In general, alarm response processes must be tailored to the alarm condition and must be appropriately fitted to the organizational process assets and applicable enterprise environmental factors. The response process must document the step by step actions required to correct the alarm, state the result of inaction, and should include instructions for diagnostic and reporting of root cause condition.
Alarms can be categorized into three groups: safety, process controls, and equipment. Within each group, alarm criticality will vary according to function. Alarm prioritization is used to indicate relative criticality between alarms. Alarm prioritization requires expert knowledge about the alarm condition and alarm response. Personnel and Environmental Safety laws provide specific response requirements for safety alarms, and standardize alarm criticality across all industries.
For pharmaceutical process control alarms there are no explicit guidelines for alarm prioritization. The following discussion will illustrate the use of GMP Criticality Assessment and Risk Assessment as tools for alarm prioritization.
Following GAMP recommendations for pharmaceutical facilities and process, all alarms related to pharmaceutical manufacturing should be individually assessed for their criticality to the product. Appropriate assessment requires the use of a suitable risk assessment program.
After consideration of the ISPE guidelines, a model was developed by merging concepts from Instrumentation Management and Hazards Risk Assessment. All alarms directly, or indirectly, involved with the process should be individually assessed for their GMP criticality to the process. The following three categories are suggested:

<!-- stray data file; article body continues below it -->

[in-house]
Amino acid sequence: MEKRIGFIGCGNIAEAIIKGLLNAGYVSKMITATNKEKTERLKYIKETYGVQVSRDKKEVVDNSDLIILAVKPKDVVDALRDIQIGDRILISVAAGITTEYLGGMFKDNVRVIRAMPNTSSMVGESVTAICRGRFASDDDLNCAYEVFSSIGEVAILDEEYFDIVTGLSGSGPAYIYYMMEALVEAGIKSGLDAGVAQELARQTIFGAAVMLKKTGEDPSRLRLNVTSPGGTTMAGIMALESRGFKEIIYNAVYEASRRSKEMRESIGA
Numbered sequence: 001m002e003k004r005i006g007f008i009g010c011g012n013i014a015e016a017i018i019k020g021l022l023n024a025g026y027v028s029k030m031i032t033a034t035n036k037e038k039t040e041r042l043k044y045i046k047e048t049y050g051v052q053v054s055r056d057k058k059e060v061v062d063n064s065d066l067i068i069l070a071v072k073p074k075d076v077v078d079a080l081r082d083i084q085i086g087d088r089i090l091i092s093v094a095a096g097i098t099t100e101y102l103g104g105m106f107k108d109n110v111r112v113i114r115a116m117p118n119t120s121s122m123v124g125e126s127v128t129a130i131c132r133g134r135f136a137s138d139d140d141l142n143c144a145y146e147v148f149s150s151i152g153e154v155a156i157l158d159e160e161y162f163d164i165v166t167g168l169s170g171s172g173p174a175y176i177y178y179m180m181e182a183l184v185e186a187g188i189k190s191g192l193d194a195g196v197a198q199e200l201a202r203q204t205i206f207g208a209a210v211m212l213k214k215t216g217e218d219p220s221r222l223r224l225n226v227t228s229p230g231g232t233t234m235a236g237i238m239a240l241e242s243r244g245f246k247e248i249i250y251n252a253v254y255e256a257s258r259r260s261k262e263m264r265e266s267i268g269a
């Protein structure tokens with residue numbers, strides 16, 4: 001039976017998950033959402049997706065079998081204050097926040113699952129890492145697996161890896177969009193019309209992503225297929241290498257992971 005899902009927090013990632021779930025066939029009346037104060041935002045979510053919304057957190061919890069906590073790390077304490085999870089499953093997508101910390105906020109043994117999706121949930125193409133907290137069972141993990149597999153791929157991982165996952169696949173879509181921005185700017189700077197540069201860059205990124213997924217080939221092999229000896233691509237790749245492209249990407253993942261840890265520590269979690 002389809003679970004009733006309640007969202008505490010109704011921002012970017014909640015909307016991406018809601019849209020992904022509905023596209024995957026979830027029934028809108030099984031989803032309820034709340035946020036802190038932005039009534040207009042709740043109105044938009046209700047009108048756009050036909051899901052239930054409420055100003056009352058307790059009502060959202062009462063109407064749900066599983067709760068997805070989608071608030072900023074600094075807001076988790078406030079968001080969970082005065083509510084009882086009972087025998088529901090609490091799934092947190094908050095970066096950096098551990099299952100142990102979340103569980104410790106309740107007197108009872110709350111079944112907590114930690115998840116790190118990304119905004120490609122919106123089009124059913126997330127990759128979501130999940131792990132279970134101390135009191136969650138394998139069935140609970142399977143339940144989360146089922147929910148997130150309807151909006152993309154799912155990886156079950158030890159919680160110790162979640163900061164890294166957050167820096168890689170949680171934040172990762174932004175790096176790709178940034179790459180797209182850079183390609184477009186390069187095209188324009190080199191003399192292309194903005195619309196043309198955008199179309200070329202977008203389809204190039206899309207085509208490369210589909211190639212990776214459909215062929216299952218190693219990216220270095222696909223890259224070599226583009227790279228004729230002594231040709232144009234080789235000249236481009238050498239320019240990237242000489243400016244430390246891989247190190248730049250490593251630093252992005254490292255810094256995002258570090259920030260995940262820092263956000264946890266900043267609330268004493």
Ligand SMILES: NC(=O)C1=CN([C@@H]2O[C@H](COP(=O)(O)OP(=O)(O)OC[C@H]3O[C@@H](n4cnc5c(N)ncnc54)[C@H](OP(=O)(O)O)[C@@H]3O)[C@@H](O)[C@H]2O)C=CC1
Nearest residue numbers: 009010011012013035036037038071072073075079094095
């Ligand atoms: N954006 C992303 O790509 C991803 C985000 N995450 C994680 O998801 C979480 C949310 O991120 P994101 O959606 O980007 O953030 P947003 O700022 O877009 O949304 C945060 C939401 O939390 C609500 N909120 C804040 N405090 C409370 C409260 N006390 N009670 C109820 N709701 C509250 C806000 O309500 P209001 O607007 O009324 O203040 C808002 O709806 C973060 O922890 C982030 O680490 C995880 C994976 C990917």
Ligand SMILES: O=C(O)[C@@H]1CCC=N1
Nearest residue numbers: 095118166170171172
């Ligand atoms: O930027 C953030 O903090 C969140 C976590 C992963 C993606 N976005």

|1||Product Quality Critical Alarm (Exception Alarm): An alarm whose failure* may have a direct impact on product quality.|
|2||Process / System Alarms: An alarm whose failure may affect the process or system performance but does not directly impact product quality.|
|3||Non- Critical Alarms: Alarms whose failure has no impact on product quality, systems or the environment.|
To illustrate GMP Criticality an example alarmed system is shown in Figure 1. The illustration 1 shows a product refrigerator, and temperature controller, whose storage temperature specification is 2 to 7 °C. Drug products must be stored within the specified temperature range.
Quality critical alarms are set at 2 and 7 °C, and performance alarms are placed at 3 and 6 °C, respectively. Clearly, the QA are used to indicate out of tolerance conditions, the performance alarms do not indicate impact in product quality. The key function of the performance alarms would be to warn that the refrigerator controller is not performing and the condition may lead to a critical alarm.
GMP Criticality Assessment results help focus attention on high risk areas and provide adequate basis for determining the scope of alarm validation. Depending on the company risk tolerance level, a company could adopt a policy where only product quality alarms, priority 1 alarms, are validated. A conservative policy will include validation of all Priority 1 and additional Priority 2 alarms that are required to mitigate high risk. Determination of high risk performance alarms is the key to efficient alarm, management.
The use of risk assessment for determining high risk alarms will be demonstrated by examining the product storage freezer warning alarm. The risk assessment model used is a function of two variables: Probability and Severity; and is based on GAMP-5, see Figure 2. In this model the probability that an alarm event will occur is plotted against its severity.
Alarm Description: A high temperature alarm is used to indicate that the product freezer temperature is approaching its maximum temperature. The alarm response procedure requires the operator to place the temperature controller in manual mode and take manual control of the thermostat to lower the temperature to below the warning level.